Blogger Real History Lisa said...

Interesting addendum from Newsweek ( last year. What did the FBI know and when did they know it?

"Some U.S. law-enforcement officers based in London, NEWSWEEK has learned, have become extremely concerned about evidence regarding possible active Al Qaeda plots to attack targets in Britain. According to a U.S. government official, fears of terror attacks have prompted FBI agents based in the U.S. Embassy in London to avoid traveling on London's popular underground railway (or tube) system, which is used daily by millions of commuters. While embassy-based officers of the U.S. Secret Service, Immigration and Customs bureaus and the CIA still are believed to use the underground to go about their business, FBI agents have been known to turn up late to crosstown meetings because they insist on using taxis in London's traffic-choked business center."

9:33 AM  
Blogger gary said...

Was the Koran quoted incorrectly? Professor Juan Cole on his site at gives two translations of the message--one of them his own and in English at least they seem to be correct, according to English versions of the Koran online. If it can be shown that the Arabic original is incorrect that would be interesting but to check that would require knowing Arabic.

10:04 AM  
Blogger Real History Lisa said...

Is Juan Cole a native Arabic speaker? I'm certainly more inclined to believe the translations provided by Nasser and the MSNBC translator. I love Juan Cole's work, in general, but I have no way of judging the credibility of his Arabic.

10:28 AM  
Blogger Real History Lisa said...

I had to ask Juan Cole on what he based his information. Here is my question, and his response.

Dear Mr.Cole,

I watched CNN as the events surrounding the bombing unfolded, and in the morning hours, Octavia Nasser (Nasr), their Senior Arab Correspondent, said several times, and in several ways, that the letter from the al Qaeda/Europe group—which no one had ever heard of before the bombing—did not have the typical hallmarks of other al Qaeda communications, which she said were so professional it was like they had a PR unit. The letter, she said, contained errors in the Quran and the wording was not like the grammar/word choice that al Qaeda used.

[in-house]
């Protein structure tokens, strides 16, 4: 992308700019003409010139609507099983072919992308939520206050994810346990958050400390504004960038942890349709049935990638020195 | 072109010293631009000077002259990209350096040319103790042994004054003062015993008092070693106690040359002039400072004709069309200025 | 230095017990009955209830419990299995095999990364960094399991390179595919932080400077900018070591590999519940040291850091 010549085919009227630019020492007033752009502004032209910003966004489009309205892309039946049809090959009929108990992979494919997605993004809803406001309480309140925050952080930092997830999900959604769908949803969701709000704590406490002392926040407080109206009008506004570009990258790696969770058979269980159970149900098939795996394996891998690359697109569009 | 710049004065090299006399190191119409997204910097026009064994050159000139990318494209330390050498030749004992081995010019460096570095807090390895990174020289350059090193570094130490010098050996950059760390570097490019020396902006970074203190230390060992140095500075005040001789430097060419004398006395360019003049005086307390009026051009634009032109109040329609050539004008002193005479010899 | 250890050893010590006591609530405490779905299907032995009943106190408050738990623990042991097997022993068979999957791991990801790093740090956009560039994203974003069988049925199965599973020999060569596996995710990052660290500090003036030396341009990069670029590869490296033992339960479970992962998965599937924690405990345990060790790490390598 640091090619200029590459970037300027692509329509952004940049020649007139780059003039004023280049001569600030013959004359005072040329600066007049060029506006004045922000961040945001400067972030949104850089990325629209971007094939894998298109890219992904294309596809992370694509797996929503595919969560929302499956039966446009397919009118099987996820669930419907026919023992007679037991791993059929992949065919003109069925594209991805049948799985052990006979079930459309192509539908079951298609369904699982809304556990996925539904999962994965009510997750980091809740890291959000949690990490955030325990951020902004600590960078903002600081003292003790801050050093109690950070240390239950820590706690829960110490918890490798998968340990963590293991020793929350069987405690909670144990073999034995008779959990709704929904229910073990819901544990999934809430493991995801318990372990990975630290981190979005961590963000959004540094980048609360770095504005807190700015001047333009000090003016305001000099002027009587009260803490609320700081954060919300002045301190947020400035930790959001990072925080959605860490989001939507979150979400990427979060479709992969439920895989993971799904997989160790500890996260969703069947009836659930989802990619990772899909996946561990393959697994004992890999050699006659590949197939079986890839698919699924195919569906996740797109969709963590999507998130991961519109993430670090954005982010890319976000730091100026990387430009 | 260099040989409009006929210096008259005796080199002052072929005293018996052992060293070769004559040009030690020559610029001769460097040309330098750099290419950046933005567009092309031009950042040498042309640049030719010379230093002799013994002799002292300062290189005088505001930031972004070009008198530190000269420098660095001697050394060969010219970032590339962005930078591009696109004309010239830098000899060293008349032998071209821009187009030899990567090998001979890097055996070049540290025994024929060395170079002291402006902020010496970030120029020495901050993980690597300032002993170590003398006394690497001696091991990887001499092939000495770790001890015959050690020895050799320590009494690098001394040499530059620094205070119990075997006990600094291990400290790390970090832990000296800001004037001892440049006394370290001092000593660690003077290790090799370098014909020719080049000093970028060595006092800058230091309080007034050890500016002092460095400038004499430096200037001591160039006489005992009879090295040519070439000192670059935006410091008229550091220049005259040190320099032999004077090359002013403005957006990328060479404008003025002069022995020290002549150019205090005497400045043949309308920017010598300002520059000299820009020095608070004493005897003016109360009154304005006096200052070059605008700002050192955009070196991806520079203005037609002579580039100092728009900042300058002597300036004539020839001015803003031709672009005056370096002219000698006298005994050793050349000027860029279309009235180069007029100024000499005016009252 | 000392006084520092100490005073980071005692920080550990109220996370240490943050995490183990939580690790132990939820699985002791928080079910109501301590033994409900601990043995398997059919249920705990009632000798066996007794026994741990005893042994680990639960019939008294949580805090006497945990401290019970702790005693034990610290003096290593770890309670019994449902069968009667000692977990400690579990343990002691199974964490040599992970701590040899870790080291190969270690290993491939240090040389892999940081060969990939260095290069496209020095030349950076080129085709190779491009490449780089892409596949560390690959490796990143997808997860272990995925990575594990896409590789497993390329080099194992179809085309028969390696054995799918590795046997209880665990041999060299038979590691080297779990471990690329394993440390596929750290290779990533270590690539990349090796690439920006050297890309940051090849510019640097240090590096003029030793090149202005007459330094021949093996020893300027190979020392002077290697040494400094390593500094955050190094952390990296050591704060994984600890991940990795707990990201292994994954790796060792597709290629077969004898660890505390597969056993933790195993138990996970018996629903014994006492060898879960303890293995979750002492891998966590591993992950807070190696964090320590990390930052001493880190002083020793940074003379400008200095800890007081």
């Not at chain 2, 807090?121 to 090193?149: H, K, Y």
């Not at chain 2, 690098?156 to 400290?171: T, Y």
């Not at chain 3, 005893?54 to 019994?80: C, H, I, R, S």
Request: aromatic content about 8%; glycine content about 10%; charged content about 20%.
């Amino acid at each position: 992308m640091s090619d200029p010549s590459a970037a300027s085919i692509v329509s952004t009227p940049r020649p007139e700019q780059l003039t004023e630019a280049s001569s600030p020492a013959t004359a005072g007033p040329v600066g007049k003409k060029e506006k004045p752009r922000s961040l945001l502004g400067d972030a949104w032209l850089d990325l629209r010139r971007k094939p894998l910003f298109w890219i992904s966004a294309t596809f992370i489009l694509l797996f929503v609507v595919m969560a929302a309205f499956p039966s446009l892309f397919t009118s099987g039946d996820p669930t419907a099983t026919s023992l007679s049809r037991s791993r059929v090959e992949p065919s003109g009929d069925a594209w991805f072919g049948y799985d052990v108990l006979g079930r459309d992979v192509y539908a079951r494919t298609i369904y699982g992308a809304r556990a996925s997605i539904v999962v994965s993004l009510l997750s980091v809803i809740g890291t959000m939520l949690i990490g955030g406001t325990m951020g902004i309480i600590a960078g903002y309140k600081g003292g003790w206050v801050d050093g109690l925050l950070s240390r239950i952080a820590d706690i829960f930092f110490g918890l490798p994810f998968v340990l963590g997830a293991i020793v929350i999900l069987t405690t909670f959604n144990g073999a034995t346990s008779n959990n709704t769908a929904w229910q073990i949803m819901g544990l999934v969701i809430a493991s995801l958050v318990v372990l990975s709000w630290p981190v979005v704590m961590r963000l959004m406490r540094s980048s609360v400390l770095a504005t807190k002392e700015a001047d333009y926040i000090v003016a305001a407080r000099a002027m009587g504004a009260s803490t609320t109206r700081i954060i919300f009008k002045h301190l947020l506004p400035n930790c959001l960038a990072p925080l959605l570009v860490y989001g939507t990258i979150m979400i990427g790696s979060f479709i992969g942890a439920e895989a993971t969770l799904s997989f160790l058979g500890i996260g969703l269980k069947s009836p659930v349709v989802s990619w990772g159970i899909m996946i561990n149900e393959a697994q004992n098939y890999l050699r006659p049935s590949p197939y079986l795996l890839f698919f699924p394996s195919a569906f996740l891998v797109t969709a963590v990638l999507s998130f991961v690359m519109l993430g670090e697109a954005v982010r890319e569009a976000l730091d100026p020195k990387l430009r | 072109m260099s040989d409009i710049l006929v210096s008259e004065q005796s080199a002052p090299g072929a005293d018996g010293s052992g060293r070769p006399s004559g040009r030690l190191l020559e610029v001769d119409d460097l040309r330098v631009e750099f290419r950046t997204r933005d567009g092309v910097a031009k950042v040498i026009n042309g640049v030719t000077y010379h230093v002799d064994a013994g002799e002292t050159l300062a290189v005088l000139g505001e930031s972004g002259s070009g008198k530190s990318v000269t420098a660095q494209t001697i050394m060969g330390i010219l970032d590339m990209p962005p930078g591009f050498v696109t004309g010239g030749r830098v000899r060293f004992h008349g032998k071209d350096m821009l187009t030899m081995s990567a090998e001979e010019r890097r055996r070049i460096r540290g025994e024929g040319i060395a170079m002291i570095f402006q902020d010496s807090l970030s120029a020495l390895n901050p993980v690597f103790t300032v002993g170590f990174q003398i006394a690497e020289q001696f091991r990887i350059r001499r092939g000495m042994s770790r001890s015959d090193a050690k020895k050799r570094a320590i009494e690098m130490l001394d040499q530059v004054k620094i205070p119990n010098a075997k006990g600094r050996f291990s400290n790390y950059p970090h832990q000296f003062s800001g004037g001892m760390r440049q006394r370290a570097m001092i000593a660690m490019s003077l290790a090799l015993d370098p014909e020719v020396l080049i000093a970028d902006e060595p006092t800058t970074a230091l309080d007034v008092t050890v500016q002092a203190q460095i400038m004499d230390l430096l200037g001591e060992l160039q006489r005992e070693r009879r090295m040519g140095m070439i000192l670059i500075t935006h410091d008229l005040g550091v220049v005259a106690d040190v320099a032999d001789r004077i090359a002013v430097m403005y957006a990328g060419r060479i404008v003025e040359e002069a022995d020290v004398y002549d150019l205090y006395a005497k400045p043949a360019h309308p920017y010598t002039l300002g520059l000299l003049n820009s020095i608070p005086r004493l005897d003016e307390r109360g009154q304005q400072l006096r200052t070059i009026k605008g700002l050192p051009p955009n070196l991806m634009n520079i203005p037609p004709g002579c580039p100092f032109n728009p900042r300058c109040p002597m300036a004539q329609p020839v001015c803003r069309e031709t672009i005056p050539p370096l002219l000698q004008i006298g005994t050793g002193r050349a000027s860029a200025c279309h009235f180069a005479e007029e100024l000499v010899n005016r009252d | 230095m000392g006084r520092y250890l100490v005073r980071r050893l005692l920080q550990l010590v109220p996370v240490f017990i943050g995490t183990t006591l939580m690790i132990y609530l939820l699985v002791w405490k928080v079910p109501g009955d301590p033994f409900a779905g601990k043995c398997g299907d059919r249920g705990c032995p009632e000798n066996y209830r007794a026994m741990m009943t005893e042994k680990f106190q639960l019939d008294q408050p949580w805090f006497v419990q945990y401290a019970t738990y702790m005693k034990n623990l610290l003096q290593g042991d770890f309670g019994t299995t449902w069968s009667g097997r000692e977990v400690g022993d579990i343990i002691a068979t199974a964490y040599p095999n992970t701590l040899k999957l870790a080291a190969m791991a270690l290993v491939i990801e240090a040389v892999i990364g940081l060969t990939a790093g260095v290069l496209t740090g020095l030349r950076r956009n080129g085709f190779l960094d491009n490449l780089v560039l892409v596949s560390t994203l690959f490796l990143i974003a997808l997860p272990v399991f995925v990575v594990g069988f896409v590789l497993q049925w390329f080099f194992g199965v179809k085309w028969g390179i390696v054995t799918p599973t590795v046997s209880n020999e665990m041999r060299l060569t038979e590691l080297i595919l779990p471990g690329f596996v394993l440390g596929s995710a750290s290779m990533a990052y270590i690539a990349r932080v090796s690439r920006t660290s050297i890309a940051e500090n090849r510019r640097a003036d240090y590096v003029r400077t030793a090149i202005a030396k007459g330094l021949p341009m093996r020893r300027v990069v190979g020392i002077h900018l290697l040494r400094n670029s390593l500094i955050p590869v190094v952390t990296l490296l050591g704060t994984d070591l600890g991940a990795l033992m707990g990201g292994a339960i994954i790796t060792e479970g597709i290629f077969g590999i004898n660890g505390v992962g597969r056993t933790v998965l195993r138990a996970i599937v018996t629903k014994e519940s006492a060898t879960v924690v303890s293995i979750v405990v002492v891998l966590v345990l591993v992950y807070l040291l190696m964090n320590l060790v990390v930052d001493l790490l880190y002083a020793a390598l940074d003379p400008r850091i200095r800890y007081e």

So imagine my surprise when I saw that you had written this:

“It is very likely the "Qaeda al-Jihad in Europe" group that claimed responsibility immediately. Their statement appeared very quickly after the bombings and yet had none of the appearance of being rushed. That suggests it was carefully composed before the fact. The rumors that the statement has errors in the Arabic or the Quran citation are absolutely incorrect, and al-Sharq al-Awsat came to the same conclusion in its Saturday edition.”

My question to you is, have you yourself seen the letter, or are you passing along the conclusions of people/news sources you trust, and if so, who/what are they? Octavia was not the only such commentator – but I believed her. One of the reasons I believed her is that I knew her story would not be allowed to stand, that the push would be to make this look like a ‘genuine’ al Qaeda operation. But do you know something about her specifically that lessens her credibility?


- - - - -
Dear Lisa:

Yes, I saw the Arabic of the Qal3a message, and yes, al-Sharq al-Awsat also did and I trust their conclusions. I have no idea why Octavia said that.

cheers Juan

10:16 PM  

Post a Comment

<< Home